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the complexity of freedom, part deux

December 21, 2011

Average, working-class people are usually shocked and outraged by stories about sweatshops and child labour, like the recent allegations surrounding the Kardashian clothing lines, as I think they should be. But few realize that global capitalism thrives upon, and even logically defends, this kind of exploitation, generally utilizing the classic ‘it’s better than the alternative, like x’ defense that’s perfectly exemplified here by Prof. Ben Powell:

“Hey, eating this turd on a bun with mustard is WAY better than just eating a plain ol’ turd; and since you’re starving and have no other options but these two turds I’m offering you, I think the better choice is obvious.”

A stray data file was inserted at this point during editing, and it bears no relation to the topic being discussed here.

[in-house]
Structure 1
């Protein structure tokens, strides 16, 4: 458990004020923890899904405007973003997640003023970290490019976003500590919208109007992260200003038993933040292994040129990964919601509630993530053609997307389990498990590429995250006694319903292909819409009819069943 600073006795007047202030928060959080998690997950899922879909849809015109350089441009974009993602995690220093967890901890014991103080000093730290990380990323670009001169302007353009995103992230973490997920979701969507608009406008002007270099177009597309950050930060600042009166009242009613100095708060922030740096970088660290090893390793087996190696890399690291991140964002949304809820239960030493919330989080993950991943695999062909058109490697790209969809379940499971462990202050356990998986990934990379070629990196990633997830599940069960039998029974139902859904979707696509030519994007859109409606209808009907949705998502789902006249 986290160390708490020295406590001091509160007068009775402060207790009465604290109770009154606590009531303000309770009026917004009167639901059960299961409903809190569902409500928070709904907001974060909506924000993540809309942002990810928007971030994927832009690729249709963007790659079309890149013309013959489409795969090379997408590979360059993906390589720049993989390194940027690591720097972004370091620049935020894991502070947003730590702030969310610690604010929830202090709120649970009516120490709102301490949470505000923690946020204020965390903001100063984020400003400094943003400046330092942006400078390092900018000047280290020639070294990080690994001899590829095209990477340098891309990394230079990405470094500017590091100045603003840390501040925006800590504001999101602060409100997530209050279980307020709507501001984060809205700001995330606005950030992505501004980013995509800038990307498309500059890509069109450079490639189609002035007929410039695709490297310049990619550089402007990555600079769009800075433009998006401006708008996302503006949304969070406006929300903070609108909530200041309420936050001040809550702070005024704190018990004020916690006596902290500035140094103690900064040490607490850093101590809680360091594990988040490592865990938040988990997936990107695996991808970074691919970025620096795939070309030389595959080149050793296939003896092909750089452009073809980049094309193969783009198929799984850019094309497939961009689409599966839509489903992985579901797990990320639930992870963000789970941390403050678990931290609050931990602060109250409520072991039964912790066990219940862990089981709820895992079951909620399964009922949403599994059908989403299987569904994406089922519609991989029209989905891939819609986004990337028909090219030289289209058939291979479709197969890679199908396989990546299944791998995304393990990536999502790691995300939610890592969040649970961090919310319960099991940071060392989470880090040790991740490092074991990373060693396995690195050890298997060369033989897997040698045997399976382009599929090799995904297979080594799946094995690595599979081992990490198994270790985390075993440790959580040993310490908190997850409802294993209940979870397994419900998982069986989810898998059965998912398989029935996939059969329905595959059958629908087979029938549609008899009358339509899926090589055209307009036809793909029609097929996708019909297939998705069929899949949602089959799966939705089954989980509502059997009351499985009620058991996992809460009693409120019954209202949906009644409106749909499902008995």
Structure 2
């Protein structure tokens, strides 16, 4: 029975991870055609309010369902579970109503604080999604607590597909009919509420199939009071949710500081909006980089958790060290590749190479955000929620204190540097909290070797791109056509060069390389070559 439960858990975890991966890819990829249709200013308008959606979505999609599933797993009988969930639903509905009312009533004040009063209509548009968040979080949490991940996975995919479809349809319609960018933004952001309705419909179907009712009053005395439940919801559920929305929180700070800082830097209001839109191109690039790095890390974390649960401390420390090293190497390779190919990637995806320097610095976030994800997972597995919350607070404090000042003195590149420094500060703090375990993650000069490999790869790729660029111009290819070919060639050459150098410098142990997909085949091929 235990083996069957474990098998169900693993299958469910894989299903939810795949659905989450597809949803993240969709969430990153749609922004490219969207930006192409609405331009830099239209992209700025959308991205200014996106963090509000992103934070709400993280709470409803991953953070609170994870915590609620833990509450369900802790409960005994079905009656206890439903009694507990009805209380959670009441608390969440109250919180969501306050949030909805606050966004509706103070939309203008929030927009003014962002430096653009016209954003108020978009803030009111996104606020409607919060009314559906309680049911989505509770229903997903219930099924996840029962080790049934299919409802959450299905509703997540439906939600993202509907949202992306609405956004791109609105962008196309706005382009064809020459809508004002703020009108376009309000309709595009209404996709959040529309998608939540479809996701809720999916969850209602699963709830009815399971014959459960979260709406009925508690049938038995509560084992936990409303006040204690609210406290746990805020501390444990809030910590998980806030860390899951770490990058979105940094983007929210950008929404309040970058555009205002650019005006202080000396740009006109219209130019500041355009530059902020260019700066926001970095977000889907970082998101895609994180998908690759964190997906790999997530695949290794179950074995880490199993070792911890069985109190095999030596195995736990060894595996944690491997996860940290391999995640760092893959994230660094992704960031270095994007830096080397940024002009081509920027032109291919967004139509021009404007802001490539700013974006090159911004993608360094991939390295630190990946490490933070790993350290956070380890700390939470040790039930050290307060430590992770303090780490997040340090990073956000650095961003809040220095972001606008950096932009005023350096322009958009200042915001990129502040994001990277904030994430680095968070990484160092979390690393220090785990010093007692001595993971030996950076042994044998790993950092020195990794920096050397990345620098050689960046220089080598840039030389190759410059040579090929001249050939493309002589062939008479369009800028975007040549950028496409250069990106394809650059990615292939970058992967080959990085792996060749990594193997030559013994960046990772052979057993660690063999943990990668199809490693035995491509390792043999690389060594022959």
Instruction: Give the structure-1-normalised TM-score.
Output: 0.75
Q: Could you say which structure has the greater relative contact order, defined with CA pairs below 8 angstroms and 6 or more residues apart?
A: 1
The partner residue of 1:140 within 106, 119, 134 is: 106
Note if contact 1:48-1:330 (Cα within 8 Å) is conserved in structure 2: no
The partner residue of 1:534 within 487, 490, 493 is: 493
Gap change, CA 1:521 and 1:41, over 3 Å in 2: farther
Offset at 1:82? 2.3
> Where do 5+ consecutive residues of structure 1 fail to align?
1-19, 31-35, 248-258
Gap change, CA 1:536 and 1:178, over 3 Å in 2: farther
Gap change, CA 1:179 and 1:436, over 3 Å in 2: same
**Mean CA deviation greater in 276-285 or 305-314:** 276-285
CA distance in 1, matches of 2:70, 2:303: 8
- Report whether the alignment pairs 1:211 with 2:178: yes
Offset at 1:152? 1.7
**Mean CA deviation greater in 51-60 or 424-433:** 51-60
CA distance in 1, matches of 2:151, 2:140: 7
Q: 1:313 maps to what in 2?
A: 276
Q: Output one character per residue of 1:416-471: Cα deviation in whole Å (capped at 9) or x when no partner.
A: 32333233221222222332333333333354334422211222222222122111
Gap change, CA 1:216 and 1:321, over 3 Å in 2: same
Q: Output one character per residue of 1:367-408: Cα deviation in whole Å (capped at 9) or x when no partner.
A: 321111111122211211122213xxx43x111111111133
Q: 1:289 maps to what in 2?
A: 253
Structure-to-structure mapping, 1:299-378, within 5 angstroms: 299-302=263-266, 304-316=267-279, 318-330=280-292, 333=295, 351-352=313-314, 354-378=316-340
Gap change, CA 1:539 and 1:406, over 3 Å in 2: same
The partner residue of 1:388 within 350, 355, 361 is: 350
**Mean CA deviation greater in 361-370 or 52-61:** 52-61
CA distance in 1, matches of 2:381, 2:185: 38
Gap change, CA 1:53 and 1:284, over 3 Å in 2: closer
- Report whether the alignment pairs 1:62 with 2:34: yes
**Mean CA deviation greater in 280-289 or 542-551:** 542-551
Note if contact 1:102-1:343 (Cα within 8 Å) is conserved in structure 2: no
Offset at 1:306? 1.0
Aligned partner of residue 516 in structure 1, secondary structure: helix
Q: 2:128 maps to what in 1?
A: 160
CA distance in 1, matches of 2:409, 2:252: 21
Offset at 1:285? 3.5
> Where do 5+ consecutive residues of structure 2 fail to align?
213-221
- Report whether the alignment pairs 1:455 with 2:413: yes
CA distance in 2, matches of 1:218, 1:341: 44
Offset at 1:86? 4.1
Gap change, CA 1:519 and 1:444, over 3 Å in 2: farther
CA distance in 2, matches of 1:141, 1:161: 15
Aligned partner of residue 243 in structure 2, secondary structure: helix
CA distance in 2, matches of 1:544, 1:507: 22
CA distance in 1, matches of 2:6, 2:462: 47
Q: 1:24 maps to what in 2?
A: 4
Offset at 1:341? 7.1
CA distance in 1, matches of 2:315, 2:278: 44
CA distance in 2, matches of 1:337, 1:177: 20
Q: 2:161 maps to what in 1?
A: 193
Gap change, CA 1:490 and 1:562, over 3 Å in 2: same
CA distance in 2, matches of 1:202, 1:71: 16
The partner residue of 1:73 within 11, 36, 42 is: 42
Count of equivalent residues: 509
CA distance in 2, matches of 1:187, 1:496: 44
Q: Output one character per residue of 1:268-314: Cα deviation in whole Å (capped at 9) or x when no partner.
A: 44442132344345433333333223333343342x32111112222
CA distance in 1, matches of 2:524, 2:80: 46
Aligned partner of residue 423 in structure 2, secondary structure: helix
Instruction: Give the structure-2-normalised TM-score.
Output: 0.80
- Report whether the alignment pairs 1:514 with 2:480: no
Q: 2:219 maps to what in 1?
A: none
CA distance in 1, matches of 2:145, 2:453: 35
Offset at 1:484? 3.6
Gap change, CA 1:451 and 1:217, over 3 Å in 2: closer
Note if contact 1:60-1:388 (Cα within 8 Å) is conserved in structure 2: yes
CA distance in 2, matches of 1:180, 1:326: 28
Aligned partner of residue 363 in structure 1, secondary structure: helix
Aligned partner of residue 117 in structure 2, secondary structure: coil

Some, like Prof. Powell, at least have the balls to admit that they unambiguously support sweatshops and child labour. However, it often seems to be the case that, instead of being forced to confront and potentially question the logic of a system where the road to higher wages and better working conditions is paved with sweatshops and child labour, free-market advocates and capitalist apologists in general find it easier to simply gloss over the problem, or else blame it on specific offenders, like China, rather than the ‘invisible hand’ that guides production in global capitalism and directs “industry in such a manner as its produce may be of the greatest value.”

And this is how ‘freedom’ (e.g., of the market) can actually be used to justify exploitation, which is precisely the argument George Monbiot makes in his recent article in the Guardian.

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